England's New TV Deal Worth $245M To FA Ryman, Isthmian Football League Split Racing Finishes 2nd In GB Attendance Sebastian Coe To Talk To MPs Again Millwall Stadium Controversy Intensifies RFL Explains Decision To Keep Bradford RFU Could Impose Five-Year Rule MP Warning Of Overusing Wembley Ceferin Says Fans Will Face 'A Challenge' Event Notes
Enter amount in full numerical value, without currency symbol or commas (ex: 3000000).
Upcoming Conferences and Events
May 31 - Jun 1
SBD Global/April 5, 2013/Events and Attractions
British Horseracing Authority Defends Grand National, Says 'Safety Record Has Improved'
Published April 5, 2013
The British Horseracing Authority has defended the Grand National, saying that "its overall safety record has improved," according to Joe Wilson of the BBC. Two fatalities in '11 prompted a major review into safety, "with two more horse deaths in 2012 resulting in changes to the Aintree course for Saturday's race." BHA Dir of Raceday Operations Jamie Stier said, "The fatalities of last year do not mean the changes made were inappropriate. People need to give an opportunity for the changes to bed in." The changes made to the Aintree course include "shortening the distance of the race from four-and-a-half miles to four miles and three-and-a-half furlongs and changing the core material used to build the fences from wood to a more forgiving plastic material" (BBC, 4/4).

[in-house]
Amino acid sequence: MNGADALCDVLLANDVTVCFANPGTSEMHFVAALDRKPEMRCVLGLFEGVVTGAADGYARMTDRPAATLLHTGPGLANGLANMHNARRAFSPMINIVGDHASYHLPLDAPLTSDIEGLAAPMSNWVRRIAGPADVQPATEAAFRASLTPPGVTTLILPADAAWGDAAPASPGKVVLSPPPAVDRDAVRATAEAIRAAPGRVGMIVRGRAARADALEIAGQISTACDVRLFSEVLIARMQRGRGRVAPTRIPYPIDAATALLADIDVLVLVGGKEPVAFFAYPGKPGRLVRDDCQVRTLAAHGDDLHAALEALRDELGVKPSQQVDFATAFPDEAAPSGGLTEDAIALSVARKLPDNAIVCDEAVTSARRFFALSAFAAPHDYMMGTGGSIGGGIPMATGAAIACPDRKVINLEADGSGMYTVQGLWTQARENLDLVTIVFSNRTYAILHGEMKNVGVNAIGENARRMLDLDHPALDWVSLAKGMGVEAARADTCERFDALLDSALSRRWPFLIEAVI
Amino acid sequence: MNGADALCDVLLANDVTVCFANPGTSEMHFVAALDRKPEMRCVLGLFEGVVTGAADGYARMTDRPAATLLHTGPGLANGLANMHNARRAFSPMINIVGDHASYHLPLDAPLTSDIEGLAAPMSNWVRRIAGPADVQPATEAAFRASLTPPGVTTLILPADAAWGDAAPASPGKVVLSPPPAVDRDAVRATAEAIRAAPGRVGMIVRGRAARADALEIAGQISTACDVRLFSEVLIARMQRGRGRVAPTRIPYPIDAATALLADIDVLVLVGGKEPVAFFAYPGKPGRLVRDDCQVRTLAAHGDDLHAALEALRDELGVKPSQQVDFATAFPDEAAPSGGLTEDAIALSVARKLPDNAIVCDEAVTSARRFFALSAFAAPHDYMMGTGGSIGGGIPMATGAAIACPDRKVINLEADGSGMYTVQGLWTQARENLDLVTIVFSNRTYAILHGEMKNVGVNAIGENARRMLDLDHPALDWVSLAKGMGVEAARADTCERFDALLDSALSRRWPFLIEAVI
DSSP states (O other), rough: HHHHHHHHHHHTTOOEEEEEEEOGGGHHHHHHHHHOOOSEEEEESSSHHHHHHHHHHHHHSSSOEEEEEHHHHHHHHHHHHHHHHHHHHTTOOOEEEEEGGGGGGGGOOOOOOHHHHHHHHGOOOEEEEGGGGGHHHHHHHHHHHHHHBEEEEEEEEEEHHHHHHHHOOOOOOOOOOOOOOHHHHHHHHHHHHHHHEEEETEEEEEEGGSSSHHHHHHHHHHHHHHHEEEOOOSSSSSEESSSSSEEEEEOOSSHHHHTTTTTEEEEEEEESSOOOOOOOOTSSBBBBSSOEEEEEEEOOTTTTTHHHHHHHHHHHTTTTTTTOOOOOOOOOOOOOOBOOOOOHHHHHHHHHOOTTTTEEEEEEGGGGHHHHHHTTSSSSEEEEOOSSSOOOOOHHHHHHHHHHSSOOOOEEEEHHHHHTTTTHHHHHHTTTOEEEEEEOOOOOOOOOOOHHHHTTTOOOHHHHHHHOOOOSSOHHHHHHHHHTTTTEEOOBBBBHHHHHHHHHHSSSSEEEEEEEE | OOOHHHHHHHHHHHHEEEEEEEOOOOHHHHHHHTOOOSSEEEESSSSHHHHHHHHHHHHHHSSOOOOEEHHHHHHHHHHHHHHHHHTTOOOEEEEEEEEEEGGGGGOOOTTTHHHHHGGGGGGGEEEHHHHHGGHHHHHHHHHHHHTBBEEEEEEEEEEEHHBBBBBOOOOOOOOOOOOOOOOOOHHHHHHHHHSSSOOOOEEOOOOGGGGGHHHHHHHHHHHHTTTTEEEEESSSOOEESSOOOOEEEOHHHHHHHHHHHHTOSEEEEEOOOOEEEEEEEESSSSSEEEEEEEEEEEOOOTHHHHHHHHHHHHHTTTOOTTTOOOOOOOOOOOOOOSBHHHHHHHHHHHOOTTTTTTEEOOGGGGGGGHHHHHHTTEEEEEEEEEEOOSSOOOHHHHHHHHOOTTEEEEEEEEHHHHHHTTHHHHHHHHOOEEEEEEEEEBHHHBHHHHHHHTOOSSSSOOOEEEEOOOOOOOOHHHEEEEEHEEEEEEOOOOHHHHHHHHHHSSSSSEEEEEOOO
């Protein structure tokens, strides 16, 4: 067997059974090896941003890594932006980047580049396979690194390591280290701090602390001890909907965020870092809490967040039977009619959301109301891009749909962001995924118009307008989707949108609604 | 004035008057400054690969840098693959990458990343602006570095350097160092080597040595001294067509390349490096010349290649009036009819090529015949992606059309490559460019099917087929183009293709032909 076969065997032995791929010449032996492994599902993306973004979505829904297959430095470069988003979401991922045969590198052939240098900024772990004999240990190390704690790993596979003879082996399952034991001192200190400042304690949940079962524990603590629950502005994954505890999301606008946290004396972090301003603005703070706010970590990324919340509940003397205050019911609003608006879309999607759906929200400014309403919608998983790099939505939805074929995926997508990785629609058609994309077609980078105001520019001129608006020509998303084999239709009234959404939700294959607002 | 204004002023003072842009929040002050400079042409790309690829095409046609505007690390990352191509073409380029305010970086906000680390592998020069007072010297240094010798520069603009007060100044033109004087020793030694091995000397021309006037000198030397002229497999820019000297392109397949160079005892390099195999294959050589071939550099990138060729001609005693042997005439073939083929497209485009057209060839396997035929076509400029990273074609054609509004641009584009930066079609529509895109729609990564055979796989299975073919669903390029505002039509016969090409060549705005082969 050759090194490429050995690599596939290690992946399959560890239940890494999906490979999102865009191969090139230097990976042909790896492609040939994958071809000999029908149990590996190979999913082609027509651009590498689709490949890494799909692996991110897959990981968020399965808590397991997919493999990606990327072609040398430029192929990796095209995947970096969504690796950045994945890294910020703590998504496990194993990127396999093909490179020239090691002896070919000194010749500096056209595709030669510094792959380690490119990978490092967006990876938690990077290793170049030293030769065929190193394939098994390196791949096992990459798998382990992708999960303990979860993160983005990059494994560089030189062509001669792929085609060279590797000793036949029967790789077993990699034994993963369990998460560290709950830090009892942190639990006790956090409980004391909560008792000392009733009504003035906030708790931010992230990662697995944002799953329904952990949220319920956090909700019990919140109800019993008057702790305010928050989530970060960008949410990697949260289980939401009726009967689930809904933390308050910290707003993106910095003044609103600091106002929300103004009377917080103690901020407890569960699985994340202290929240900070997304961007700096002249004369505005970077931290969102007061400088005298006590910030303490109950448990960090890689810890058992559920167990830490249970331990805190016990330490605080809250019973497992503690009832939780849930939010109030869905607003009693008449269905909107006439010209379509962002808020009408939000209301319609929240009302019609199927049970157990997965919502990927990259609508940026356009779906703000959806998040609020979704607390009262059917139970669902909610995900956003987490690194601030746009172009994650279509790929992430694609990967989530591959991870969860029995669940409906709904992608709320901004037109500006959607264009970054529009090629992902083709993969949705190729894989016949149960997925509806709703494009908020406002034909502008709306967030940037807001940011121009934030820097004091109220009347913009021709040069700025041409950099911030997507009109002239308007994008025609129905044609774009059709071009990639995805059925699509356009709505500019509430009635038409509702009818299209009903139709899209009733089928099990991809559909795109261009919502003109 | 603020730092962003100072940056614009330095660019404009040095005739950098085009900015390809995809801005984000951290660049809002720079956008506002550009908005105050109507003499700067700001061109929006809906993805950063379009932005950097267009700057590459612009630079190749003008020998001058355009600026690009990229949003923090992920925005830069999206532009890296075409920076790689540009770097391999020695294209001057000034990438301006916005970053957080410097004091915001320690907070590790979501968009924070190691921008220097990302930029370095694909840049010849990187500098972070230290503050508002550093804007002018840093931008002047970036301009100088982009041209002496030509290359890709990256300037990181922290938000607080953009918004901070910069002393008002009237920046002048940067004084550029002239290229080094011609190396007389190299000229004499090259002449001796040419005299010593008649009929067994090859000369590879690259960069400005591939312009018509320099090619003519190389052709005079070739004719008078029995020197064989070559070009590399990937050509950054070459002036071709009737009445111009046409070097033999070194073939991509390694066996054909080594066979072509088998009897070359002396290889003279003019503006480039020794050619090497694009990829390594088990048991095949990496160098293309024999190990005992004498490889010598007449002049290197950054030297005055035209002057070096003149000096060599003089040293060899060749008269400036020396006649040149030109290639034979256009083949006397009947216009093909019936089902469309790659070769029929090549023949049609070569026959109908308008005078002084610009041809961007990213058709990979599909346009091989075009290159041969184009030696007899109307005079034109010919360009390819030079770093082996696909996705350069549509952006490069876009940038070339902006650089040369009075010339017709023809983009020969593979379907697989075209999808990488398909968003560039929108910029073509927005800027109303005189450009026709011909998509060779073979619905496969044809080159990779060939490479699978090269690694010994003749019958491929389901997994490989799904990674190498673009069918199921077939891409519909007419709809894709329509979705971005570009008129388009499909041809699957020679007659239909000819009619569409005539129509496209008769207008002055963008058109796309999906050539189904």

FIRM DEFENSE: In London, Alan Lee wrote trainer Jonjo O'Neill, "who suffered heartbreak on two counts" in the John Smith's Grand National last year," offered a "fervent defence of the imperilled race" on Wednesday. The death at Aintree of Synchronised, one month after O'Neill had produced him to win the Cheltenham Gold Cup, "intensified criticism of the National and led to calls by some animal rights groups for it to be banned on grounds of cruelty." O'Neill: "People saying the National should be stopped just don't understand. We are all in racing because we love the horses, but we take things to heart. Some of the things said about us are a bloody insult, as if we are animals ourselves. There are people out there stabbing and shooting, killing randomly, and sometimes it seems we are being put in the same bracket" (LONDON TIMES, 4/4). Also in London, Tony Paley wrote Battlefront, ridden by Katie Walsh, "who hopes to become the first woman to win the Grand National on Saturday, collapsed and died on Thursday in the first race at Aintree over the Grand National fences at this year's meeting." Walsh, who finished third on Seabass in last year's Grand National and will ride the same horse in this year's running of the big race, "pulled up Battlefront at the 11th fence in the John Smith's Fox Hunters' Chase for amateur riders." The horse "collapsed and died soon afterwards." Initial reports are that the horse "may have suffered a heart attack" (GUARDIAN, 4/4).